Early sign of community transmission of Omicron variant in the Yukon, new recommendations introduced

A significant increase in active cases of COVID-19 is an early sign of community transmission of the variant of concern, Omicron, in the Yukon.

There were 34 new active cases of COVID-19 reported this morning.  

We are now seeing community transmission of Omicron variant in the Yukon. This variant is highly transmissible and we are seeing spread in household gatherings, workplaces and organized events and among vaccinated and unvaccinated people. This is expected because even though the vaccine prevents some infections and many hospitalizations, it cannot prevent all of them. The Omicron variant has caused very high case counts across Canada and we can expect that in the Yukon. The goal remains to prevent severe outcomes and limit health system strain.

To limit the spread of Omicron, beginning immediately, it is strongly recommended that all close contacts of people who have tested positive for COVID-19 isolate for seven days if the close contact has not received their booster shot. A close contact is anyone who was within six feet (two metres) for a combined total of 15 minutes or more over a 24-hour period while someone is in their infectious period. It is also strongly recommended that people who are fully vaccinated with a booster should avoid close contact with a confirmed case. Following the seven-day period of isolation, if no symptoms present, those contacts may leave isolation but should continue self-monitoring for seven more days because they may start experiencing symptoms of Omicron in that second seven-day period.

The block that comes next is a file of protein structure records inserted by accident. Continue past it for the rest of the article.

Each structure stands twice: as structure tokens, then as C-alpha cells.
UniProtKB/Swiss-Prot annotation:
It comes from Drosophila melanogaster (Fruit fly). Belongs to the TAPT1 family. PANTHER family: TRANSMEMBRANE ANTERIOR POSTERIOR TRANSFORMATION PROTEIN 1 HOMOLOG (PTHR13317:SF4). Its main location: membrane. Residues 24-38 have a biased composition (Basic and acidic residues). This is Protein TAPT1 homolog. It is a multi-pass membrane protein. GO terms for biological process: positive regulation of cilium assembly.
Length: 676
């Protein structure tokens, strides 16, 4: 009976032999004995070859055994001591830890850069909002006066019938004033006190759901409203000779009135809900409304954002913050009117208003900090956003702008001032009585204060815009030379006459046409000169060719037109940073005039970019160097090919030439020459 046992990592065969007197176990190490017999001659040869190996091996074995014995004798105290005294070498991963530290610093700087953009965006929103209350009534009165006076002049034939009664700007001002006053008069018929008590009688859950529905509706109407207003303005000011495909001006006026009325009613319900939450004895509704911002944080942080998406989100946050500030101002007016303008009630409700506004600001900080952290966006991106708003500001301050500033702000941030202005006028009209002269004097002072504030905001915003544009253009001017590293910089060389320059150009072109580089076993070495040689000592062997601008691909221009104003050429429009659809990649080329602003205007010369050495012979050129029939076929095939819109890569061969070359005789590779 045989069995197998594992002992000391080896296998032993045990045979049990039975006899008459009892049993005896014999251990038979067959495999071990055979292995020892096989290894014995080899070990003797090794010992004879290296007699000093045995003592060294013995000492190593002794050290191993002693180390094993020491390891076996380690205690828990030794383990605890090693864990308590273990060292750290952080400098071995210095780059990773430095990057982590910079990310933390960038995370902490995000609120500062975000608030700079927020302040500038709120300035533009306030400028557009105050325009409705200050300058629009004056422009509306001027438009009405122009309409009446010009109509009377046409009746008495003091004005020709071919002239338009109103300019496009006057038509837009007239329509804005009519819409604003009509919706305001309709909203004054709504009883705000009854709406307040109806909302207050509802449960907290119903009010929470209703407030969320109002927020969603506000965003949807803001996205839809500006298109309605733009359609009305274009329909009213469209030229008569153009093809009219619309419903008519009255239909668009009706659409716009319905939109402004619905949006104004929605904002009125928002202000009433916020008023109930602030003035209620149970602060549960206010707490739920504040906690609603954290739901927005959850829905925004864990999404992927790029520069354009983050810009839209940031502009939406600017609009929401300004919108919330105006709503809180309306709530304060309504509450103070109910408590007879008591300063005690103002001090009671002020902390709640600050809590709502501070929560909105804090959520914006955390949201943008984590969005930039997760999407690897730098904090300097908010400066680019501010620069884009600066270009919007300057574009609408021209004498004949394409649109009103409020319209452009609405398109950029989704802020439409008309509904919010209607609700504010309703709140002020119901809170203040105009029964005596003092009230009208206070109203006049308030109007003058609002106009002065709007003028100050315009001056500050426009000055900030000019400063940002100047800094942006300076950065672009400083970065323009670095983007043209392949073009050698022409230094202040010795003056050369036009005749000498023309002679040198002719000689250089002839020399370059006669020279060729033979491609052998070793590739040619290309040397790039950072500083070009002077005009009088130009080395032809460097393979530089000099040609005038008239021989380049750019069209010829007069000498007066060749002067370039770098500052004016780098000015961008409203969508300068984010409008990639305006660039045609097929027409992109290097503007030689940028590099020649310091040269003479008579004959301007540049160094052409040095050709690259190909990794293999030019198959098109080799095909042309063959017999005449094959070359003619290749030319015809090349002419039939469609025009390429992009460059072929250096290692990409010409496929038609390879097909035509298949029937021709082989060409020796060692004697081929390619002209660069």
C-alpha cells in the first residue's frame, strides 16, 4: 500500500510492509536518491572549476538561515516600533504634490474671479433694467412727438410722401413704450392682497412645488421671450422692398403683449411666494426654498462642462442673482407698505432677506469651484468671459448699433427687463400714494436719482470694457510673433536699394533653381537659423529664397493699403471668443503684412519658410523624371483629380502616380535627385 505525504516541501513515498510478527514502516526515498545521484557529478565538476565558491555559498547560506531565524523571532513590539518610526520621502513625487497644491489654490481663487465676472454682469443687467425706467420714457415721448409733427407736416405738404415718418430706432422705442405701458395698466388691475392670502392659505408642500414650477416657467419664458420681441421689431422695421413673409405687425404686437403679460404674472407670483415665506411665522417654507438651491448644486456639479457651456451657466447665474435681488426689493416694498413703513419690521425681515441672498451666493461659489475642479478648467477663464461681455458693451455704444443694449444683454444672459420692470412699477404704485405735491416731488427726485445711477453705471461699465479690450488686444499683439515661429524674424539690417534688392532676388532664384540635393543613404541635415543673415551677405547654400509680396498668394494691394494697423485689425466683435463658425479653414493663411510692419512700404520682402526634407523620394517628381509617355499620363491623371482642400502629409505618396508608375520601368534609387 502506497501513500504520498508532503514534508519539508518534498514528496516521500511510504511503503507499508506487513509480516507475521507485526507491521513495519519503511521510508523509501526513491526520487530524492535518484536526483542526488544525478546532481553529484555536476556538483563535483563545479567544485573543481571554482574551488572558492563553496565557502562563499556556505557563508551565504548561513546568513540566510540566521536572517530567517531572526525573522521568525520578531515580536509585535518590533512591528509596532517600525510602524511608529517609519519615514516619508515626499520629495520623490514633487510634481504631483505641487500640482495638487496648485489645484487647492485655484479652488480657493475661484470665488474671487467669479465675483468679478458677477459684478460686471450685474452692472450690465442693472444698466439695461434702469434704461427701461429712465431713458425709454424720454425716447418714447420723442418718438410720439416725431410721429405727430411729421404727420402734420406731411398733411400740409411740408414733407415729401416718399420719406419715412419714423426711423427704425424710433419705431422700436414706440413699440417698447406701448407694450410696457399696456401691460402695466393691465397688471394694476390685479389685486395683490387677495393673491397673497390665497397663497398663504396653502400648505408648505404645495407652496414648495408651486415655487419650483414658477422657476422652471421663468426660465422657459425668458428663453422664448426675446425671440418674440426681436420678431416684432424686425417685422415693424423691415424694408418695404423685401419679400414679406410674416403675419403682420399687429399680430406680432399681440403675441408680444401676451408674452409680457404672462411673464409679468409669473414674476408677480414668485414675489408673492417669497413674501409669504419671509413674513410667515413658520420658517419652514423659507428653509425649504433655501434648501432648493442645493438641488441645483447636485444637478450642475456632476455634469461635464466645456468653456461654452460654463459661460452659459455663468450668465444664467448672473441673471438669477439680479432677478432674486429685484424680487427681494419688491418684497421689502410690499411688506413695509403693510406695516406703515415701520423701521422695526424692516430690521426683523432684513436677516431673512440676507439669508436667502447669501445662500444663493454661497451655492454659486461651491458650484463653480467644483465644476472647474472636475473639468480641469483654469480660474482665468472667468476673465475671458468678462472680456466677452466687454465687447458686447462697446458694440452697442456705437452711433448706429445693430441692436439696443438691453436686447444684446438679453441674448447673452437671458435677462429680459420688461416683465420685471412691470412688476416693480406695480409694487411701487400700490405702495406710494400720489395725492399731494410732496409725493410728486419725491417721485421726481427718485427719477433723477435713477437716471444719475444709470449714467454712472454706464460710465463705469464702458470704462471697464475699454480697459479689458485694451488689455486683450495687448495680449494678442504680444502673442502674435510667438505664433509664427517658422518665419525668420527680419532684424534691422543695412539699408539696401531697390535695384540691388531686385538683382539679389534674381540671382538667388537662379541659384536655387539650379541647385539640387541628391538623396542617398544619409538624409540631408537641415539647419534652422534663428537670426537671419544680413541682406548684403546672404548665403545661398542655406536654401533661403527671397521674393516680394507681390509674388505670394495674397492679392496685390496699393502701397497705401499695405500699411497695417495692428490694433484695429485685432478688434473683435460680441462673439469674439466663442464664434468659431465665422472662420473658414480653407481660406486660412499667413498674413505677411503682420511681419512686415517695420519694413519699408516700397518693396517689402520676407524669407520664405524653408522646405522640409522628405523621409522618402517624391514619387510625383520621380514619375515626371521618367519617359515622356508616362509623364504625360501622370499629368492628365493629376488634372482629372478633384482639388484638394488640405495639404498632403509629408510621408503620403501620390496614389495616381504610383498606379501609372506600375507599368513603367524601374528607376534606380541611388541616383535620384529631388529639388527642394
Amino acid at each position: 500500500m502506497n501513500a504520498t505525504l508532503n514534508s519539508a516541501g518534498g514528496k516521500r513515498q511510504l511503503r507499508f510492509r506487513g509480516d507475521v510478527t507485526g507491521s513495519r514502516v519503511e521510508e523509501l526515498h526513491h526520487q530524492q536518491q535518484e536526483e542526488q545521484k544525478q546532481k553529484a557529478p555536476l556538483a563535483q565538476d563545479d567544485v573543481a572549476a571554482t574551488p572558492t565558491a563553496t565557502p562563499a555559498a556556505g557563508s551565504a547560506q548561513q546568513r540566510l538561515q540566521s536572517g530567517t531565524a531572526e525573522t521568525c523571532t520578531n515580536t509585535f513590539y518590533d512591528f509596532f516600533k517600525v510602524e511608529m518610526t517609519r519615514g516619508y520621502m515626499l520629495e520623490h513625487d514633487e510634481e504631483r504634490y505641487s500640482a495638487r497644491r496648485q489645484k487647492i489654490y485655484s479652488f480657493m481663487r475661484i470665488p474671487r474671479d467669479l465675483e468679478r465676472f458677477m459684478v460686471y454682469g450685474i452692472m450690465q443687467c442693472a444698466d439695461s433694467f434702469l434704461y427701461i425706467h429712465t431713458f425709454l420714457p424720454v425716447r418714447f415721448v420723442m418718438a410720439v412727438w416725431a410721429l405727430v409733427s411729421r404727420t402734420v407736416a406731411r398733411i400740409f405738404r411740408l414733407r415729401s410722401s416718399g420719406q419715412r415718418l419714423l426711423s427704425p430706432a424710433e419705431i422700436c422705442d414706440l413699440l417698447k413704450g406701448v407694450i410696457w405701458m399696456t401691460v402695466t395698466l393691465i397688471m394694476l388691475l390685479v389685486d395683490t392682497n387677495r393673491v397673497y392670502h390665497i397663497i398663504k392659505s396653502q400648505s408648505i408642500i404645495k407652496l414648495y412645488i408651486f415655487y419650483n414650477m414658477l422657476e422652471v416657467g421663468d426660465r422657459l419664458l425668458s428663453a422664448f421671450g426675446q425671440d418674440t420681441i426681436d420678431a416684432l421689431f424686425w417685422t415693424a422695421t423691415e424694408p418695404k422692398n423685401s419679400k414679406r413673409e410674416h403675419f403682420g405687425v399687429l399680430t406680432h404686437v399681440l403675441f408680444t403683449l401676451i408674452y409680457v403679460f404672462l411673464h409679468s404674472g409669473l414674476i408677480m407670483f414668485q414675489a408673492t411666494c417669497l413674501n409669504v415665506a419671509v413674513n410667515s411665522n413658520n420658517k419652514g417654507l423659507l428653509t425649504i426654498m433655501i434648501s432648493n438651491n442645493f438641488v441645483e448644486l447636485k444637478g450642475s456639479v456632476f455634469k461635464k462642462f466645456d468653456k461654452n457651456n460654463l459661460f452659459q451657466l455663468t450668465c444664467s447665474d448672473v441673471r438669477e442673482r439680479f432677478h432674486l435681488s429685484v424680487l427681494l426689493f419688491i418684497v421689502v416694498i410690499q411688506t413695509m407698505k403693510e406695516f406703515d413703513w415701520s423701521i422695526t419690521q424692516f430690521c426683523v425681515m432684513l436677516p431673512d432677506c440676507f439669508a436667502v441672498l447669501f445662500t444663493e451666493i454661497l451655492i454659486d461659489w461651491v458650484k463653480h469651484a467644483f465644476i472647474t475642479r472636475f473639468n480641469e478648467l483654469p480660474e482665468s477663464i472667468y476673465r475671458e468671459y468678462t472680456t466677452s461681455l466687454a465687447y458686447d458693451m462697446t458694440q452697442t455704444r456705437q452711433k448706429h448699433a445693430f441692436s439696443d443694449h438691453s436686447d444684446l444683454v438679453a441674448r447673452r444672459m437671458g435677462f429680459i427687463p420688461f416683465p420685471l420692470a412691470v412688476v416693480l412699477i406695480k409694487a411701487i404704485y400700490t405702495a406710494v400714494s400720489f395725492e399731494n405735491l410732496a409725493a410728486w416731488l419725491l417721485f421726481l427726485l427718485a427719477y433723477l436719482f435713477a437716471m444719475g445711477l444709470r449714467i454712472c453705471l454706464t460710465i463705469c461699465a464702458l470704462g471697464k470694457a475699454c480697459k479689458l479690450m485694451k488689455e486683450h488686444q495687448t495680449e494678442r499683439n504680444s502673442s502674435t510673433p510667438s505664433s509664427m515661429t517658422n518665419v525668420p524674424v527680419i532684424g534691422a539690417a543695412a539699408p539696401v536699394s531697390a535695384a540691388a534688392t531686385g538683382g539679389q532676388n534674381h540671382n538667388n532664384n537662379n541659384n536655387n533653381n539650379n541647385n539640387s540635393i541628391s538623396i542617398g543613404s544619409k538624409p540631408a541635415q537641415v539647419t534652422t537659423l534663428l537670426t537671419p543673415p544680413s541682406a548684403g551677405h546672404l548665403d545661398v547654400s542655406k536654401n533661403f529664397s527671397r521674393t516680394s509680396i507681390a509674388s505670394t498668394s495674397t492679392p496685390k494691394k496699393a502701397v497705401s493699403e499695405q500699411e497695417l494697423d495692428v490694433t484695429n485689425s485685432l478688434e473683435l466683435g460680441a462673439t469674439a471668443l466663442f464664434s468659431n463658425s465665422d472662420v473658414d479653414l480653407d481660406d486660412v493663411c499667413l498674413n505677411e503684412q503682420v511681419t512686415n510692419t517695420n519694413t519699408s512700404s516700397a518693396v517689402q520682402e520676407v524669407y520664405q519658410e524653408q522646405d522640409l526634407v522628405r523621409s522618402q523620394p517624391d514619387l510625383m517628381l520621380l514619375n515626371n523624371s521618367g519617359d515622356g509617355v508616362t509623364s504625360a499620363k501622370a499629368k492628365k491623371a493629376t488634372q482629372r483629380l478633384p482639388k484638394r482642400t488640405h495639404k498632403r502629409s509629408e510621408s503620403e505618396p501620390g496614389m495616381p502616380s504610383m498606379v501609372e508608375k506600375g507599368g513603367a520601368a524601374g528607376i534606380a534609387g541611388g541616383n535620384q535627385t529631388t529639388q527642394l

Omicron incubates quickly and transmits early, even among the vaccinated population, and many provinces and territories in Canada have recently changed their approaches to isolation of contacts, with the arrival of Omicron.

In addition to being vaccinated, it is strongly recommended that Yukoners continue to combine limiting their contacts and following the Safe 6 plus 1: keep your distance; keep your hands clean; if you feel sick, stay home; avoid crowds; avoid travelling to communities; self-isolate if necessary; and wear a mask.

A sudden jump in COVID-19 cases is a clear sign of community transmission of the Omicron variant in the Yukon. Transmission occurs when people are close to each other but with Omicron it happens faster and to more people than with Delta. This is the time to keep gatherings limited to two households and small numbers and cancel any gatherings that are larger.

acting Chief Medical Officer of Heath Dr. Catherine Elliott

Quick facts 
  • Community transmission means, simply, that cases cannot be traced to contact with someone who is known to have COVID-19. People should assume that if they have symptoms they may have been exposed and be infected with COVID-19.

  • The full series of the COVID-19 vaccine decreases the risk of severe illness and hospitalization but does not prevent people from becoming infected and transmission of the virus.

Media contact 

Andrew Robulack
Communications, Health and Social Services

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